07 Aug Massage and Mental Health: How can one help the other?
Adding massage therapy to your mental health toolkit
Whether it’s through social awareness, knowing someone with a mental health issue or experiencing a tough time yourself, mental health is becoming an ever prevalent part of our consciousness. With 45% of Australians aged between 16-85 having experienced a mental health issue in their life, it’s definitely no wonder why our society is becoming more aware.
And this is certainly a positive thing. More research is being done, more treatment options are available and people have greater acceptance and understanding. In fact, more and more research is being done on the benefits that massage can have on mental health. Massage has been shown to improve mood, reduce stress, anxiety and have positive effects on symptoms relating to depression.
So how exactly does massage help?
Well it’s all about our receptors, nerves and hormones.
During a moderate pressure massage, receptors within the skin are stimulated which magically send signals via our nerves to our brain. More often than not, the areas in the brain which receive these messages are responsible for emotion regulation and the secretion of hormones. For example, massage that stimulates such receptors in the skin has shown to decrease the secretion of stress hormones such as cortisol and adrenaline, conversely our bodies produce natural antidepressants or our happy hormones, serotonin and dopamine.
Interestingly, massage has also shown to increase vagal nerve activity, which can typically be low in depressed individuals. The vagus nerve is gaining a lot of attention recently because of how many structures of the body it innervates and its function in regulating heart rate. When the vagus nerve is stimulated, cortisol levels reduce, the heart rate slows and our bodies enter a more relaxed state. How amazing!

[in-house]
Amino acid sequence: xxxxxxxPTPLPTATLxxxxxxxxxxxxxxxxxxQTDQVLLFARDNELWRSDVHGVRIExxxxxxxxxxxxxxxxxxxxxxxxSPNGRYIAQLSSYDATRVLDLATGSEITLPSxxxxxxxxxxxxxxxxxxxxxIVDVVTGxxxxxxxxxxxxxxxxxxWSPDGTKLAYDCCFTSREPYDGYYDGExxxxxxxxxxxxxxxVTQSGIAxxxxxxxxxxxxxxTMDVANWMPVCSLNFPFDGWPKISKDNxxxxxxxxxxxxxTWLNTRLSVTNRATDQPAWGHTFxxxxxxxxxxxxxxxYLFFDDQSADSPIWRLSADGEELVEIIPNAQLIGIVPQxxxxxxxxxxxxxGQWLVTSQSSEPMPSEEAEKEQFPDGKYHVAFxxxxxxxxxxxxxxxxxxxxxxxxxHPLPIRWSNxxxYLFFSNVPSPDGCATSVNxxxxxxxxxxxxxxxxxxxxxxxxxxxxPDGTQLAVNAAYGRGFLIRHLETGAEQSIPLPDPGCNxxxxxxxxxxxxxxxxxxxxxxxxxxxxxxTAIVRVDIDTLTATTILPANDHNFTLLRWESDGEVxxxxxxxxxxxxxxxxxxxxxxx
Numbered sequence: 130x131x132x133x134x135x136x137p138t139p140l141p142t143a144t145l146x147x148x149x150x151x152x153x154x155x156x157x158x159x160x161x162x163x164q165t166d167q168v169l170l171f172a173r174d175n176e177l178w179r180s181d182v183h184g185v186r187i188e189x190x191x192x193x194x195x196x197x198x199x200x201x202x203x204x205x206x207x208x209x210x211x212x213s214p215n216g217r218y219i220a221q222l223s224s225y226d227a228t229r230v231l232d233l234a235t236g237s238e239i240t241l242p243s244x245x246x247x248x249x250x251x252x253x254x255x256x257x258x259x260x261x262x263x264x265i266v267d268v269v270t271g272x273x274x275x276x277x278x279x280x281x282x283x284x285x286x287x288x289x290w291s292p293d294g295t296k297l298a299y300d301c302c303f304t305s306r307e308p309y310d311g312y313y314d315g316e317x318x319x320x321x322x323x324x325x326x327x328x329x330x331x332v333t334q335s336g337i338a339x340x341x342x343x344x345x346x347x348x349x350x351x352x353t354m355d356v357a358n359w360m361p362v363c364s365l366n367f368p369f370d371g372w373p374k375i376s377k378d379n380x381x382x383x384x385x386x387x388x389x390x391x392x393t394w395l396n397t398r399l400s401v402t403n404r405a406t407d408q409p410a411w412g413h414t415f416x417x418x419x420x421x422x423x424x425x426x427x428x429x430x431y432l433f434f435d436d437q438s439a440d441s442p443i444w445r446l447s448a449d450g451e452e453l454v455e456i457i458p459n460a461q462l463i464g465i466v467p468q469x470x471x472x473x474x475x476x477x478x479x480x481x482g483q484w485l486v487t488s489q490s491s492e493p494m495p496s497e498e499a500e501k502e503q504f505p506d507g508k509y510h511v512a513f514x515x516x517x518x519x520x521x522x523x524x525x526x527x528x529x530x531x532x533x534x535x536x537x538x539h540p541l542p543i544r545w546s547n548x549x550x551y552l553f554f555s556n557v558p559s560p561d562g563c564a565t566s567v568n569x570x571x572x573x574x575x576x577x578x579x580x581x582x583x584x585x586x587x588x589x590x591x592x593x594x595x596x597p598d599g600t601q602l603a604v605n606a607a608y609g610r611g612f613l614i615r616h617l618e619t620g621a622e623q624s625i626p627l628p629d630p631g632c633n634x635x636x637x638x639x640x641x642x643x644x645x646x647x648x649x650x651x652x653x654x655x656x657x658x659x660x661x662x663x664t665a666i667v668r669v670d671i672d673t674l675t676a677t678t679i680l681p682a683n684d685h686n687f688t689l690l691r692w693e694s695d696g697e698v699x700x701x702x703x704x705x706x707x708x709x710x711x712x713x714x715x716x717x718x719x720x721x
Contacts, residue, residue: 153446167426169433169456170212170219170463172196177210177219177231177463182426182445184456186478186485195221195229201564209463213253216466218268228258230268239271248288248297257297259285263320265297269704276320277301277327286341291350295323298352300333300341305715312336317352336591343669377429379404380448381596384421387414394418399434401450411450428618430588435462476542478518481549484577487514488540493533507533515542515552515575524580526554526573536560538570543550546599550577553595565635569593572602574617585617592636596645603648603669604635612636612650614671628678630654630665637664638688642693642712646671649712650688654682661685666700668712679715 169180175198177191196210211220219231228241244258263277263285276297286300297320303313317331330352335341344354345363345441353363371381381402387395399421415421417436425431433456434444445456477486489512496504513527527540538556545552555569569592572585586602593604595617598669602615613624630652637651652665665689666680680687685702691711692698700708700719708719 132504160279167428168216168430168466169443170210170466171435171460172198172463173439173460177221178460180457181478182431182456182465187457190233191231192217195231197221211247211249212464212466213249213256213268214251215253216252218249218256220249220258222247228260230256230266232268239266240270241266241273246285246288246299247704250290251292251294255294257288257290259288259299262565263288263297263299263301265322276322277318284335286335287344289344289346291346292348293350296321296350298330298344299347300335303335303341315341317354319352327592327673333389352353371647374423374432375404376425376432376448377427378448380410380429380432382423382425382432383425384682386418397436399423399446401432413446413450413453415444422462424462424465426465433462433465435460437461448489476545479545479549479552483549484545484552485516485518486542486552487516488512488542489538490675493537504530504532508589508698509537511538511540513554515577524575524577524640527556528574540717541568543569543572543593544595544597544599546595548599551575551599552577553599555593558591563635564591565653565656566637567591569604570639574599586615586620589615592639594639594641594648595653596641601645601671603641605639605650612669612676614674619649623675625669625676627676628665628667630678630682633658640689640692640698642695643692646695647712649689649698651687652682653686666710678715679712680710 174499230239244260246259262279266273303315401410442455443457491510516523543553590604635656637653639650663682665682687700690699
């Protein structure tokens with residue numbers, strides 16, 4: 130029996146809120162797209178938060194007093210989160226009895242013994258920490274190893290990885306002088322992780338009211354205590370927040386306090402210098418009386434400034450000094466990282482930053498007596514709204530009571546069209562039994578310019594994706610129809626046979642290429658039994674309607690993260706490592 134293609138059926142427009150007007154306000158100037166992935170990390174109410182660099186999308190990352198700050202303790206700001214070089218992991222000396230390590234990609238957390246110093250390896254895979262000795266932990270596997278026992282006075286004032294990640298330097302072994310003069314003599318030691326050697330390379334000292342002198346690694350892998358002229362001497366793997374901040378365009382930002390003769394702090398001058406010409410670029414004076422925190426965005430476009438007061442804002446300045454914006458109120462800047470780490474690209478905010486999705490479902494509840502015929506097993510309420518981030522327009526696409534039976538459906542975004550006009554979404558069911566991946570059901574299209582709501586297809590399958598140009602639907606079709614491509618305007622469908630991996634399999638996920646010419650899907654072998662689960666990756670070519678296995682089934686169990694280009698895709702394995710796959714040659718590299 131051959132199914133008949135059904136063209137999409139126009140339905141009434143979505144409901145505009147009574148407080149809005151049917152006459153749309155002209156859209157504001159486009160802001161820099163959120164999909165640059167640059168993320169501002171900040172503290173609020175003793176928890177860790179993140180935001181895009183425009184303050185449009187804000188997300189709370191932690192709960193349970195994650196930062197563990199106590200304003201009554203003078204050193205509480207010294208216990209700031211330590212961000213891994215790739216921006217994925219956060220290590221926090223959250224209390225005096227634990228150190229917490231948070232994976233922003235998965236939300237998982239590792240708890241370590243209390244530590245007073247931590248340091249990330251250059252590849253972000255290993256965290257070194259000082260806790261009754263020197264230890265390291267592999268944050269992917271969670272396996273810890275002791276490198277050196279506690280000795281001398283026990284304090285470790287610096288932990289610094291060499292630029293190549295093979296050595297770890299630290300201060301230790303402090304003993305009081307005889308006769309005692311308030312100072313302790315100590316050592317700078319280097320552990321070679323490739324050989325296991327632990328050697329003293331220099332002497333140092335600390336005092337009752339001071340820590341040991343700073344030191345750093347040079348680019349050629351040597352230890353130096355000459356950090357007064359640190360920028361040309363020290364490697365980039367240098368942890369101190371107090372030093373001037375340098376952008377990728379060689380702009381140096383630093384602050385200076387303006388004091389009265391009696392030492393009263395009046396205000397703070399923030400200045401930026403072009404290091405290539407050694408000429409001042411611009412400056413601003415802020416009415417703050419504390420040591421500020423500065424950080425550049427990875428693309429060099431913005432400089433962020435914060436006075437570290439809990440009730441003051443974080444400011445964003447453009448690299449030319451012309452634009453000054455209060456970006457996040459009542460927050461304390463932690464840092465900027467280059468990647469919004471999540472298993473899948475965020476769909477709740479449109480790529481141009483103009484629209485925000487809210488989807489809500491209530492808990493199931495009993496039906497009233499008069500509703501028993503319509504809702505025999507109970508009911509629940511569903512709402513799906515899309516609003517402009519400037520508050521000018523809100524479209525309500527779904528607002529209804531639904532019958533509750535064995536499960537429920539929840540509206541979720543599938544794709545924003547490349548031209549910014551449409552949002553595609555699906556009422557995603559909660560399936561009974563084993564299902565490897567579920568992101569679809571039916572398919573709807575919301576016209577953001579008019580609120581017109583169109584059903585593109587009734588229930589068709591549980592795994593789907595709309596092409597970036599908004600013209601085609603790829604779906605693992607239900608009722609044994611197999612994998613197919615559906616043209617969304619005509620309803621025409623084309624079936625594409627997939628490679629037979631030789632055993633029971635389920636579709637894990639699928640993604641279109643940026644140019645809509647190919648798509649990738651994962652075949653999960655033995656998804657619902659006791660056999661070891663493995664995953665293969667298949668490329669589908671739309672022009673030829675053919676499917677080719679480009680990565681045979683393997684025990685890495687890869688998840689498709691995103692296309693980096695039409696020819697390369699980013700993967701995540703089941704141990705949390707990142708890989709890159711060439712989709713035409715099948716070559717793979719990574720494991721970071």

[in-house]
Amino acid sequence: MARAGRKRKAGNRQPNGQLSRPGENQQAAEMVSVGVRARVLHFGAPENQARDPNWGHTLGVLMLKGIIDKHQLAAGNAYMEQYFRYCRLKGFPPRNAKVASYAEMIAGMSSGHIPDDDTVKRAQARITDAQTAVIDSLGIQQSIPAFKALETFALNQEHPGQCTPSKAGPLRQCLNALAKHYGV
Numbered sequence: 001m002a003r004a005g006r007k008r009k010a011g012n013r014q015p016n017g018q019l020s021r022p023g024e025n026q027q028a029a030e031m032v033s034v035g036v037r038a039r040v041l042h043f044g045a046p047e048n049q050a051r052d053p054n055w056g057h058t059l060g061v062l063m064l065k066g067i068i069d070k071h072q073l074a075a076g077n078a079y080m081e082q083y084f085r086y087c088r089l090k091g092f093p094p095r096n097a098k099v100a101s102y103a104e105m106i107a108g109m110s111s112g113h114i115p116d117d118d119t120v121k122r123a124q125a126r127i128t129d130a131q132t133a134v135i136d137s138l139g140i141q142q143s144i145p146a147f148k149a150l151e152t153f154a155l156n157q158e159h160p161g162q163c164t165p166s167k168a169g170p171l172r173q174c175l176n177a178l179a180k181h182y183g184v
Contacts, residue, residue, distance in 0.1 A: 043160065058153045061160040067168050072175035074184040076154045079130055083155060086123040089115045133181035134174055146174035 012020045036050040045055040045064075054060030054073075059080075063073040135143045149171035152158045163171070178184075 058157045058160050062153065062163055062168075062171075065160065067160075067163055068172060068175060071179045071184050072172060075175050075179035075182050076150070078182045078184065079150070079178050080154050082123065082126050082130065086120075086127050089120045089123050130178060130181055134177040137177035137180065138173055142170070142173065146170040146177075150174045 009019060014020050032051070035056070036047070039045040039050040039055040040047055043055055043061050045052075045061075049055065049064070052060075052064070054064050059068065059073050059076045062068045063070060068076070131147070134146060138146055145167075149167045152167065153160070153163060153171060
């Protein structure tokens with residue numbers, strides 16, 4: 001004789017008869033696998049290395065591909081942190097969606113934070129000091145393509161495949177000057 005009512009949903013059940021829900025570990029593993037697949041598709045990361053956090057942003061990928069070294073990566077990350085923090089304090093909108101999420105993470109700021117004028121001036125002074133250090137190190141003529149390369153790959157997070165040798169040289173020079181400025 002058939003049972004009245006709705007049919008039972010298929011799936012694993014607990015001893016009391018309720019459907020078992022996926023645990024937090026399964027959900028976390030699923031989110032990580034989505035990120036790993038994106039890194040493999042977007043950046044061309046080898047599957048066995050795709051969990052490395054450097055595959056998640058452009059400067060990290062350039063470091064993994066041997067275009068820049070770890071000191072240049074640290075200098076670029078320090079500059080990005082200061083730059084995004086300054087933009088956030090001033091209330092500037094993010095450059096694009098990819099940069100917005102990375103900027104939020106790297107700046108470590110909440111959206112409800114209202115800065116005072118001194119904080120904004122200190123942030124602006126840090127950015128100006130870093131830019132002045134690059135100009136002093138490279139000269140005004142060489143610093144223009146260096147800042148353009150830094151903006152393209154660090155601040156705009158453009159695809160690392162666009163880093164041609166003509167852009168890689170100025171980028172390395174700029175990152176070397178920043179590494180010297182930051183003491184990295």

Brain activity studies have demonstrated increased activity in the right frontal lobe of chronically depressed persons. This area of the brain is associated with negative emotion and withdrawal however following a short massage this brain activity shifted to the left frontal lobe. MRI scans following massage have also confirmed increased blood flow to the areas of the brain involved in depression and stress regulation, thereby helping to regulate emotion.
The list of positive effects massage can have on our brains and more importantly how we feel, could go on. In any case, it’s clear that massage can help mental health and is a great complementary therapy that is relatively non-invasive.
So if you are experiencing stress, anxiety or depression or perhaps know someone who is, maybe think about booking in for a massage and see how it can help you.
Need professional help?
Here at Health Place, we are lucky to work with an amazing Psychologist Rachel Jones from Lift High Performance Psychology. She is a member of the Australian Psychological Society and Queensland Chair of the College of Sport and Exercise Psychologists. She also has experience managing critical incidents in sport and has a special interest in mental toughness, coach development, athlete and performer welfare, mental health, injury rehabilitation, athlete career transitions, and helping athletes to reach the elite level in their sport.
Need more? Visit your therapist at Health Place
For any more information or questions, feel free call us at (07) 3852 2434 or email us at email@example.com
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